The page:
Japanese have all sorts of experience, also today in FX markets ...
Tuesday, September 14, 2010
The September consensus: anti-growth, anti-risk
Investors remain cautious and risk averse; they are poorly positioned for any upside surprises in Q3 economic or corporate data. Growth expectations are stagnant; margin expectations are down and cash levels up.
Where is the optimism? EM equities, Chinese growth and equities as an asset class, which are now thought to be extremely cheap compared to bonds.
On growth: expectations stagnant, but China back on track
Investors are evenly split on whether the global economy will improve over the coming 12 months, with more than three-quarters anticipating a world of below trend growth and inflation. There was a notable drop in expectations for corporate margins. The good economic news is on China with a net 11% now expecting stronger growth over the next year up sharply from the pessimism of recent times.
On risk: hedge funds stirring but risk metrics down
Hedge funds raised their gearing levels to 1.39 from 1.16, the highest level since March 2008. Elsewhere however, risk measures were cautious. The BofA-ML Risk Appetite & Liquidity Index slipped back to 37; average cash balances rose marginally to 4% and a net 20% are overweight cash (highest since July 2009). Jitters on Ireland raised EU debt funding in investor ranking of principal tail risks with premature fiscal tightening and US muni default seen as the other key risks.
Bond versus equities: relative valuation at extreme
Investors view bonds as the most expensive relative to equities since we started gathering bond data in early-2003 (a net 38% view equities as undervalued; a net 68% see bonds as overvalued). Yet asset allocators reduced their bond UW, are significantly OW cash (+18%), modestly OW equities (+10%) and slightly OW commodities (+4%).
The contrarian trade: Japanese equities
Profit expectations for Japan (-39%) are the worst since April 2002. A net -32% of
investors are UW the Japanese market, the lowest reading for 9 months. 72% of investors view the Yen as overvalued (the highest ever). Japan is the biggest contrarian trade in this month’s survey. Elsewhere, EM equities remain OW while views on US and EU (both equities and currencies) drifted towards neutral.
Equity sectors: going on a yield hunt
Falling bond yields encouraged investors to embark on a yield hunt with the largest sector moves being into utilities (now only net -11% UW from -27%), telecoms (+10% OW from +4%) and pharma (+17% from +12%). Tech remains the most popular sector at +25% but is sharply down from its 6m high of +46%.
Just curious about those cash balances, as mutual funds elsewhere are "All In", or close to levels just before the 2007 market top. Well, in a mixed environment hedge funds raised gearing levels? Driven by cognitive dissonance?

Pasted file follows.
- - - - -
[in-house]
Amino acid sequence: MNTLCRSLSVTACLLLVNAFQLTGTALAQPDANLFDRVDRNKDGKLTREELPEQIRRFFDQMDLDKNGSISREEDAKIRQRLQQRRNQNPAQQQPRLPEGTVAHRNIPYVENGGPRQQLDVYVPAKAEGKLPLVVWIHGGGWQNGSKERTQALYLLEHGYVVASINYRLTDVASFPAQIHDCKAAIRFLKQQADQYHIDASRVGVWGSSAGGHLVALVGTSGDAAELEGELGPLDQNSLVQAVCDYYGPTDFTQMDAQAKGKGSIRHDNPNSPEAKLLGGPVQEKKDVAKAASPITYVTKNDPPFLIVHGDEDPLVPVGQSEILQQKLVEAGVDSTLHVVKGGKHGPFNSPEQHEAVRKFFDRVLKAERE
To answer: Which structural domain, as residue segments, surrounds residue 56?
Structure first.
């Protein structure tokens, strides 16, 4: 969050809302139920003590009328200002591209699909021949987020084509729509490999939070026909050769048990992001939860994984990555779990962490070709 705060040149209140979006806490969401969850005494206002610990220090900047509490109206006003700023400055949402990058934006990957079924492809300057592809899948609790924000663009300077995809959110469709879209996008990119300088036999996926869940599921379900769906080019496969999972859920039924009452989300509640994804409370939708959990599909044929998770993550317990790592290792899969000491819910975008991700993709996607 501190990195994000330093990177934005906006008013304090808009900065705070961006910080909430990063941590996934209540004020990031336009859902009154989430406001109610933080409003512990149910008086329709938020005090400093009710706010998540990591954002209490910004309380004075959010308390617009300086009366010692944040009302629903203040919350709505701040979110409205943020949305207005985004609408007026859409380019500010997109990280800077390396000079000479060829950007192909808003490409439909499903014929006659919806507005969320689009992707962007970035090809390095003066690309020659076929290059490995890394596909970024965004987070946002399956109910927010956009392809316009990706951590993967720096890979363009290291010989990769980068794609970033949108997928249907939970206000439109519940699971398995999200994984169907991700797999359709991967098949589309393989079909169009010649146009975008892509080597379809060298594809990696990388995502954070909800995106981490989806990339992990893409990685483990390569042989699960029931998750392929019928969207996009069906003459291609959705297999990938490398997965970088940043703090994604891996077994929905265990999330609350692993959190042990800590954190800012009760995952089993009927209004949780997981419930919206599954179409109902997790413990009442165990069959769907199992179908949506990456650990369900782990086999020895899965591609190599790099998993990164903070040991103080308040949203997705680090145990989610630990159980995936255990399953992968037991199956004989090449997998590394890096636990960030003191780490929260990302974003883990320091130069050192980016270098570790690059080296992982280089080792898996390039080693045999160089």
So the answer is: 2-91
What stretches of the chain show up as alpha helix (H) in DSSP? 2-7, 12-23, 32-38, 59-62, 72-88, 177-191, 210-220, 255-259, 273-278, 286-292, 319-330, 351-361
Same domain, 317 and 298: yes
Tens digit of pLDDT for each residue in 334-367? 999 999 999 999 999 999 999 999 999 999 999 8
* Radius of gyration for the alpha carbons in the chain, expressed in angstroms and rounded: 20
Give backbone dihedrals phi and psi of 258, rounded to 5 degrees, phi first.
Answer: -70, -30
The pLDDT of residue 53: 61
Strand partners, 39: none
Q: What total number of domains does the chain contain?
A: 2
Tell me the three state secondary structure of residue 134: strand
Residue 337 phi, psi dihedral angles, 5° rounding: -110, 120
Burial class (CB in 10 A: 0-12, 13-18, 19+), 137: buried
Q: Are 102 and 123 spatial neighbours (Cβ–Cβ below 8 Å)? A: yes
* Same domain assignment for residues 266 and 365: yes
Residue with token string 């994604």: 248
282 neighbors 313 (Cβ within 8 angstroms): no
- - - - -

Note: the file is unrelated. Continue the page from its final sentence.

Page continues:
Monday, September 13, 2010
But, boy, the markets take off ... and sell-side analysts are happy, as some banks are soon to pay out even dividends. Are these guys in Basel serious?
At least Puppenhausmuseum in Basel is ... as we have time of several generations to fix it.
Friday, September 10, 2010
I have been taught that bond markets lead equities, but who knows how it is this time? Maximum pain scenario would suggest a FALSE 3-4 days break-out above 1130 area for S&P500 ...
Thursday, September 09, 2010
Are there, likely, some problems with it? While focus on ageing is OK, but does not income inequality have similar impact on consumption patterns?
How can Asia's central banks push ahead with monetary tightening when the Fed is discussing QE2 (additional long-term bond purchases)? More to the point: why isn't trouble in the US and Europe killing Asia's recovery?
The short answer is: the US and Europe did not contribute to it. Or very little anyway. If you only thrown a nickel into the pot, taking it back out again doesn't change much.
Click on the chart to enlarge, courtesy of DBS.
The chart above is a bit of mis-representation of weights, but it does not change the direction ...
Wednesday, September 08, 2010
The economic news-flow from Europe was not very encouraging either this morning, I am quoting here from the "New York Morning Comment" by Nomura, among others:
Then, approximately at a time when Dow Jones Newswires reported the success at Portuguese bond auction:
Germany: Industrial production increased less than expected by 0.1% m-o-m in July (Consensus: 1.0%; Nomura: 0.8%) following a 0.6% decline in June.
Germany: Exports declined 1.5% m-o-m in July (Consensus: 0.0%) after a 3.7% rise in June (revised from 3.8%). The trade surplus narrowed to EUR13.5bn from EUR14.2bn.
Spain: Industrial production rose by 0.5% y-o-y, nsa, wda, in July. On a seasonally adjusted basis, output dropped by 1.1% m-o-m.
Netherlands: Industrial production fell by 0.1% m-o-m in July following a 0.3%decline in June (revised up from -1.2%) - below consensus expectations of +0.8%.
France: The budget deficit widened to EUR93.1bn in July following EUR61.7bn in June, and was broadly in line with government targets.